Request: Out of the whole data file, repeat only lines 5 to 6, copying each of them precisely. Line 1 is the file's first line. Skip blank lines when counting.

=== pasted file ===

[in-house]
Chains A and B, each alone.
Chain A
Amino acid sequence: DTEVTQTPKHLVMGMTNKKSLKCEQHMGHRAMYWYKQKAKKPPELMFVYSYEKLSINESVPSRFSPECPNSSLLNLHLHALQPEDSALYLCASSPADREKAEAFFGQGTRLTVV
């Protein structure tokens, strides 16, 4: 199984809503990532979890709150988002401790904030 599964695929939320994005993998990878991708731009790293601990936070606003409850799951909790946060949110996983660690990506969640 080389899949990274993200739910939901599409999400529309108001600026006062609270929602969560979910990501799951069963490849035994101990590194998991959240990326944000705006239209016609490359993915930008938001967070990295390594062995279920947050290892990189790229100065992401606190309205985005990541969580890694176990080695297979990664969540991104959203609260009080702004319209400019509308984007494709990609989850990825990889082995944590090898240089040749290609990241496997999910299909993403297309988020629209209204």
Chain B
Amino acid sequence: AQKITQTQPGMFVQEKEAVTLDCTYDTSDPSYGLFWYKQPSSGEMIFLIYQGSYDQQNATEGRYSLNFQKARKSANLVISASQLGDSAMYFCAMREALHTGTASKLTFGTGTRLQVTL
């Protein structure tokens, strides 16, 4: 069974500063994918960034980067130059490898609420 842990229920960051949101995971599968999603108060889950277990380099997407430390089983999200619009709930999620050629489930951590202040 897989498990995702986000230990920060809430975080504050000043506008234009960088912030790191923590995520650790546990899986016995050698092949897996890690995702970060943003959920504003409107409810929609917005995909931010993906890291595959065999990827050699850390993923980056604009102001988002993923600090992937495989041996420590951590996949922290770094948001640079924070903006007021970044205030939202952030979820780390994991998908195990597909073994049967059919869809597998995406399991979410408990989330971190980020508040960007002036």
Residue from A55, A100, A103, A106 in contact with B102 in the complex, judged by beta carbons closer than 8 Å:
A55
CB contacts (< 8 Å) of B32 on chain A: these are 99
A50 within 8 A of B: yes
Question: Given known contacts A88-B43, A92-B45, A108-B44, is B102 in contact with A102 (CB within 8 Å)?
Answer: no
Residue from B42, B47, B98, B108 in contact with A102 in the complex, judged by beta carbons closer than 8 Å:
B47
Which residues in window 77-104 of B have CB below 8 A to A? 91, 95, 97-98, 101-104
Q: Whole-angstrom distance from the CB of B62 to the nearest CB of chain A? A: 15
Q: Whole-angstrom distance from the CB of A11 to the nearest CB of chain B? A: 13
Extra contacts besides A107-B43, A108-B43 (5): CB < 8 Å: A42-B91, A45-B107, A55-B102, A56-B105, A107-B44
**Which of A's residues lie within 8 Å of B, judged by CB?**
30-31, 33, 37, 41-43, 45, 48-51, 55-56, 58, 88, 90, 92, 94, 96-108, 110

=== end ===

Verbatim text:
């Protein structure tokens, strides 16, 4: 199984809503990532979890709150988002401790904030 599964695929939320994005993998990878991708731009790293601990936070606003409850799951909790946060949110996983660690990506969640 080389899949990274993200739910939901599409999400529309108001600026006062609270929602969560979910990501799951069963490849035994101990590194998991959240990326944000705006239209016609490359993915930008938001967070990295390594062995279920947050290892990189790229100065992401606190309205985005990541969580890694176990080695297979990664969540991104959203609260009080702004319209400019509308984007494709990609989850990825990889082995944590090898240089040749290609990241496997999910299909993403297309988020629209209204």
Chain B